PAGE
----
The Board also noted that sections 14 and 16(1) of the Act, respectively, provide a director with the authority to issue and to amend a permit, but section 16(3) limits a director’s authority to amend a permit. Section 16(3) states that if a permit “is subject to conditions imposed pursuant to a decision made in an appeal to” the Board, those conditions must not be amended except: a) by the Board, and b) after the Board has given the parties an opportunity to be heard on the question of whether the conditions should be amended.

    The Board found that the differences between the 2020 December Amendment and the February 2020 Amendment consisted of updates to the names of two First Nations, and changes that mirrored the amendments specified in the Consent Order. The Board held that the name updates were not a “decision” of the Director, as those updates had no substantive effect.

    The Board found that the differences that resulted from the Consent Order were “a decision made in an appeal to” the Board, as stated in section 16(3) of the Act. The Director did not exercise a power to amend the permit when he incorporated those changes into the December 2020 Amendment. Those amendments were ordered by the Board, and were not a “decision” of the Director. According to section 16(3), those amendments could be further amended by the Board, but not the Director.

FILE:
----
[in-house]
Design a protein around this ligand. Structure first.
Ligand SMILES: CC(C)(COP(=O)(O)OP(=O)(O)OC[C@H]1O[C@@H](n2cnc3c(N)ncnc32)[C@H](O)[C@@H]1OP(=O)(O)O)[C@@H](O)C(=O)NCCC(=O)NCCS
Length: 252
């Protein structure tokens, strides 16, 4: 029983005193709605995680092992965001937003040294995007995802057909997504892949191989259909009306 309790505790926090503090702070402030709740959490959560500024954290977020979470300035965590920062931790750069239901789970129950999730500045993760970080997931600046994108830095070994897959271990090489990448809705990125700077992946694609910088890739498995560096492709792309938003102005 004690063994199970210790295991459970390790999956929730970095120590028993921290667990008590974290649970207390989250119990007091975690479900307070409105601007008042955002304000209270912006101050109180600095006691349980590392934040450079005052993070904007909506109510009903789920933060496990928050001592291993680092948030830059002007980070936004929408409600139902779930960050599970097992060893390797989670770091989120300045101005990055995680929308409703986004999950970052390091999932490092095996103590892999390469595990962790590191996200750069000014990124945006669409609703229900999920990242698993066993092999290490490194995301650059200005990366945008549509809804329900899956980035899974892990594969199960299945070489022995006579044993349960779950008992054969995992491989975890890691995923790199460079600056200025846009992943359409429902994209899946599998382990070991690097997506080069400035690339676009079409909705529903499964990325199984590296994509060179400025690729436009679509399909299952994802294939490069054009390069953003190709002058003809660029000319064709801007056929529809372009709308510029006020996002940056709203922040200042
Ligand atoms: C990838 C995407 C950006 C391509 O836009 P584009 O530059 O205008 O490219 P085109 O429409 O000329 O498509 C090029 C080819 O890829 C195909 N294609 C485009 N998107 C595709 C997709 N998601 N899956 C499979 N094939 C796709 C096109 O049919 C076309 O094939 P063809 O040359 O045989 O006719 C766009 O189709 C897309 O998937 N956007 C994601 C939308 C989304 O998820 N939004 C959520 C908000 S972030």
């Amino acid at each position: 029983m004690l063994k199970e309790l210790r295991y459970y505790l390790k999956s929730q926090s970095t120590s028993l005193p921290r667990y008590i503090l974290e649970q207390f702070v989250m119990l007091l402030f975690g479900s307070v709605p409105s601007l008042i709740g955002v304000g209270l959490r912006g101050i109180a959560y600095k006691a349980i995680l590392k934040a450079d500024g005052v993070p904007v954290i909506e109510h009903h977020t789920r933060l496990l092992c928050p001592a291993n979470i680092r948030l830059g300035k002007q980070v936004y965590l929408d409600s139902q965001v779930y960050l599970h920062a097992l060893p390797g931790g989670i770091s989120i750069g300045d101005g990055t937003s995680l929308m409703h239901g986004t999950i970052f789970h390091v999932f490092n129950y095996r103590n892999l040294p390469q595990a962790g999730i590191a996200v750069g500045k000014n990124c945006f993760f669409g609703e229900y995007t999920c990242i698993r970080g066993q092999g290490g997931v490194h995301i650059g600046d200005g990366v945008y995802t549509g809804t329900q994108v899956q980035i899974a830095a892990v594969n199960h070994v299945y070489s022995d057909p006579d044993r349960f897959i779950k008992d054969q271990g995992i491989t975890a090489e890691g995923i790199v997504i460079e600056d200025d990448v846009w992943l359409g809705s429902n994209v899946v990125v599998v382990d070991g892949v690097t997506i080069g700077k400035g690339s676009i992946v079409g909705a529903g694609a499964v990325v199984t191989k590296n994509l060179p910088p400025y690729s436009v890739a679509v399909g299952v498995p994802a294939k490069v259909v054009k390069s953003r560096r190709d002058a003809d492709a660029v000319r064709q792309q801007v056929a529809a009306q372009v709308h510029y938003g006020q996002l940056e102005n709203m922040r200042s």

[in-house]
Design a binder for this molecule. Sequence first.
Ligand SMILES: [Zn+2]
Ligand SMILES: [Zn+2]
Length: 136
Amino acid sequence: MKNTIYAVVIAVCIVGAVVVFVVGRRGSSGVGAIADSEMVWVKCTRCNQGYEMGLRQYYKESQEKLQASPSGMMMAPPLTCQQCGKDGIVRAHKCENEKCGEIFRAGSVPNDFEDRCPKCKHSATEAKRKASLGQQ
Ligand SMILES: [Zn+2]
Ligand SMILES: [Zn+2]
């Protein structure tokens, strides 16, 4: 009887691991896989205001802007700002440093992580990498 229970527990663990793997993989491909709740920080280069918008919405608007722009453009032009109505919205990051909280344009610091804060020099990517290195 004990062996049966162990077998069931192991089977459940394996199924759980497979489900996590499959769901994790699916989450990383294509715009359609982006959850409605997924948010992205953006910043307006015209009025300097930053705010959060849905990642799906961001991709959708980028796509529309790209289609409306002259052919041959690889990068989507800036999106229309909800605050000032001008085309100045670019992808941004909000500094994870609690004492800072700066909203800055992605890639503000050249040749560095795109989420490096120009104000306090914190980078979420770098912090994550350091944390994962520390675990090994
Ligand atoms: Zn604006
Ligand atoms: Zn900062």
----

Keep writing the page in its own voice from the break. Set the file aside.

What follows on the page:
Overall, the Board found that the December 2020 Amendment was administrative in nature and did not contain a substantive decision by the Director. The December 2020 Amendment was not the issuance of a permit under section 14, or an amendment of the permit undersection 16(1) of the Act, by the Director. Therefore, the Board concluded that it had no jurisdiction over the appeal of the December 2020 Amendment, and the appeal should be summarily dismissed.

    Moreover, the Board found that an appeal of the amendments that flowed from the Consent Order would be an abuse of process, and the appeal could be summarily dismissed on that basis. Although section 16(3)(b) of the Act allows the Board to further amend those permit conditions after it has “given the parties an opportunity to be heard on the question of whether the conditions should be amended”, this “opportunity to be heard” is not a right of appeal.

    Moreover, the “parties” entitled to be heard were the parties to the appeal of the February 2020 Amendment that led to the Consent Order, which were MPMC and the Director. The Appellant was not a party to that appeal. She could have appealed the February 2020 Amendment, but she did not. Consequently, she was not one of the parties who would have an opportunity to be heard under section 16(3) if the Board considered further amendments to the amendments it had ordered in the Consent Order.

    Finally, the Board found that, to the extent that the present appeal challenged aspects of the December 2020 Amendment that were addressed in the Consent Order arising from the appeal of the February 2020 Amendment, the present appeal could also be summarily dismissed on the basis that the matter was appropriately addressed in another proceeding.

    For those reasons, the Board summarily dismissed the appeal.